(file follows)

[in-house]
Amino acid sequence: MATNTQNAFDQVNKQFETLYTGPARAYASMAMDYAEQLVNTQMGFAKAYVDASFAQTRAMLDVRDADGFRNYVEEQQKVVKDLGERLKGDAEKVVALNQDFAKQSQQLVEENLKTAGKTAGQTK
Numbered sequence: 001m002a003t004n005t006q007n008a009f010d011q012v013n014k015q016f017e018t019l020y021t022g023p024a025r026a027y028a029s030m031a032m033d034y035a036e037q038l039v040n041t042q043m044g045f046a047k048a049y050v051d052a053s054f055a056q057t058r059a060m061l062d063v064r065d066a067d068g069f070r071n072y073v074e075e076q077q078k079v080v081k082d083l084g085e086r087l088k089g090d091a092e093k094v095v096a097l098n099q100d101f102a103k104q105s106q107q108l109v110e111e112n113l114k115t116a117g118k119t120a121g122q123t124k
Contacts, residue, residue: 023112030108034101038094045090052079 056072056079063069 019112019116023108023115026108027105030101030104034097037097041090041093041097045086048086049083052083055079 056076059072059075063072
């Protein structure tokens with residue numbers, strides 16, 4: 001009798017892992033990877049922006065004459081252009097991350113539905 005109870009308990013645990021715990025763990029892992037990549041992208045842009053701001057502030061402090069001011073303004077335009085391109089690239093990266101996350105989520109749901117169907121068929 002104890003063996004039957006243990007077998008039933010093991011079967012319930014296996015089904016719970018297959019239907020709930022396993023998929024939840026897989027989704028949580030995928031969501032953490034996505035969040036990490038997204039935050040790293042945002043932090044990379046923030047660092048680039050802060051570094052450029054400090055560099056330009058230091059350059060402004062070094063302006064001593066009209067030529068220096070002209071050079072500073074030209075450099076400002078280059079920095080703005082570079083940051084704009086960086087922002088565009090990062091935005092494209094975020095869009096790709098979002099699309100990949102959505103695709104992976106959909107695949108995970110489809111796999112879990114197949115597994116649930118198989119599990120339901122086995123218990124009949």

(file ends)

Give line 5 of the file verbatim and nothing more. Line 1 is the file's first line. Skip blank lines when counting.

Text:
């Protein structure tokens with residue numbers, strides 16, 4: 001009798017892992033990877049922006065004459081252009097991350113539905 005109870009308990013645990021715990025763990029892992037990549041992208045842009053701001057502030061402090069001011073303004077335009085391109089690239093990266101996350105989520109749901117169907121068929 002104890003063996004039957006243990007077998008039933010093991011079967012319930014296996015089904016719970018297959019239907020709930022396993023998929024939840026897989027989704028949580030995928031969501032953490034996505035969040036990490038997204039935050040790293042945002043932090044990379046923030047660092048680039050802060051570094052450029054400090055560099056330009058230091059350059060402004062070094063302006064001593066009209067030529068220096070002209071050079072500073074030209075450099076400002078280059079920095080703005082570079083940051084704009086960086087922002088565009090990062091935005092494209094975020095869009096790709098979002099699309100990949102959505103695709104992976106959909107695949108995970110489809111796999112879990114197949115597994116649930118198989119599990120339901122086995123218990124009949």